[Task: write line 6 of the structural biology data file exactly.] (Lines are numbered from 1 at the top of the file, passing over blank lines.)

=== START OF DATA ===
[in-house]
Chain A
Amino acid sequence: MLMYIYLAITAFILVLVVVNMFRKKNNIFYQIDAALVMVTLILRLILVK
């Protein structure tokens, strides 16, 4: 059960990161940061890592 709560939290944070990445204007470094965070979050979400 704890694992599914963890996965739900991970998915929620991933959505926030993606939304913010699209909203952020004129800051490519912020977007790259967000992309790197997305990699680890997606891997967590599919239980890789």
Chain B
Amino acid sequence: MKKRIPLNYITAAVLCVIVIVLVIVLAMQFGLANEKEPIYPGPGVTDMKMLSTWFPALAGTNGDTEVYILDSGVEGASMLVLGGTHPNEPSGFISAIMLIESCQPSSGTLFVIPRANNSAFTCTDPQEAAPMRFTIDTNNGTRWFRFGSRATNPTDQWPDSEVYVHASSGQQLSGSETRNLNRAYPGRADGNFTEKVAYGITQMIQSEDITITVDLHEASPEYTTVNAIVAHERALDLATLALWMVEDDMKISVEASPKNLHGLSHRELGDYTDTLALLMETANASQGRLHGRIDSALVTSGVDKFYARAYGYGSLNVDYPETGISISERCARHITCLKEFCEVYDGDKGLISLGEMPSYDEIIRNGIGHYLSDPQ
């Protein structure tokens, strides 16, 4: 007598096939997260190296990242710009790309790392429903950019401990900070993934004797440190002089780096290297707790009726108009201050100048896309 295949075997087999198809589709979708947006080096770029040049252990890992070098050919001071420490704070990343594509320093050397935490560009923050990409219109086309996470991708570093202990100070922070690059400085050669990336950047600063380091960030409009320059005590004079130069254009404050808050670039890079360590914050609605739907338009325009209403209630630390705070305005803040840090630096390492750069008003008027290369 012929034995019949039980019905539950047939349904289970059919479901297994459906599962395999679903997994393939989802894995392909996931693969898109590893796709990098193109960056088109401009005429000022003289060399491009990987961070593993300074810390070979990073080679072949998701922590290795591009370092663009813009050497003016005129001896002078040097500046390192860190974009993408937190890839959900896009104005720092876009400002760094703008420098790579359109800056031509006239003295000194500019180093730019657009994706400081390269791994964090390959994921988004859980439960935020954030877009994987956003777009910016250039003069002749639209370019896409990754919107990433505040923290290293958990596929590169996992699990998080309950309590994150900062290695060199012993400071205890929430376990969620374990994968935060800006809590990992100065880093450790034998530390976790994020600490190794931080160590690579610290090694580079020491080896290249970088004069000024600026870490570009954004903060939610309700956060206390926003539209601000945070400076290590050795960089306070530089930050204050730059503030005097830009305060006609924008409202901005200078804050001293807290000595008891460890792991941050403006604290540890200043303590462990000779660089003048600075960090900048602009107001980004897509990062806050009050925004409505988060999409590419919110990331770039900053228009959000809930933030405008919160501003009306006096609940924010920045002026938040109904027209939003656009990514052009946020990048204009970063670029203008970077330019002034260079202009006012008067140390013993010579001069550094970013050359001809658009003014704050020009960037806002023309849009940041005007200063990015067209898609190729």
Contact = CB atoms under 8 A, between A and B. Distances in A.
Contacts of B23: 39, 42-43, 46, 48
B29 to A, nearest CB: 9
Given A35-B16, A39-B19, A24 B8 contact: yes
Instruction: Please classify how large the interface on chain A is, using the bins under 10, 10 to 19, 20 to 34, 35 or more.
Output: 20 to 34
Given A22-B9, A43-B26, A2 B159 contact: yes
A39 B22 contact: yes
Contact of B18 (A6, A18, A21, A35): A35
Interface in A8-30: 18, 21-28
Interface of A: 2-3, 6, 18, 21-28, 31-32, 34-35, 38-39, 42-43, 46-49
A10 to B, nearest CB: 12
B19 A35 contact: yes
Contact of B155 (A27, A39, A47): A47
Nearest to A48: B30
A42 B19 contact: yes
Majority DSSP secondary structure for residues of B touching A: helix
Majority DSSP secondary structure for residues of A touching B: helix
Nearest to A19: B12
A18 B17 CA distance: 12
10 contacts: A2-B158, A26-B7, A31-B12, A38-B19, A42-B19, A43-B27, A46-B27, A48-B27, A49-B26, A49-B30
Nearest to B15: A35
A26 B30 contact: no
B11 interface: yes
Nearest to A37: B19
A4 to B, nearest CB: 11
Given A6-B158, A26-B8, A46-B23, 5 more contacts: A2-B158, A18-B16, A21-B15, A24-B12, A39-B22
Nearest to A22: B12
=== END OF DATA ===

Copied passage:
Amino acid sequence: MKKRIPLNYITAAVLCVIVIVLVIVLAMQFGLANEKEPIYPGPGVTDMKMLSTWFPALAGTNGDTEVYILDSGVEGASMLVLGGTHPNEPSGFISAIMLIESCQPSSGTLFVIPRANNSAFTCTDPQEAAPMRFTIDTNNGTRWFRFGSRATNPTDQWPDSEVYVHASSGQQLSGSETRNLNRAYPGRADGNFTEKVAYGITQMIQSEDITITVDLHEASPEYTTVNAIVAHERALDLATLALWMVEDDMKISVEASPKNLHGLSHRELGDYTDTLALLMETANASQGRLHGRIDSALVTSGVDKFYARAYGYGSLNVDYPETGISISERCARHITCLKEFCEVYDGDKGLISLGEMPSYDEIIRNGIGHYLSDPQ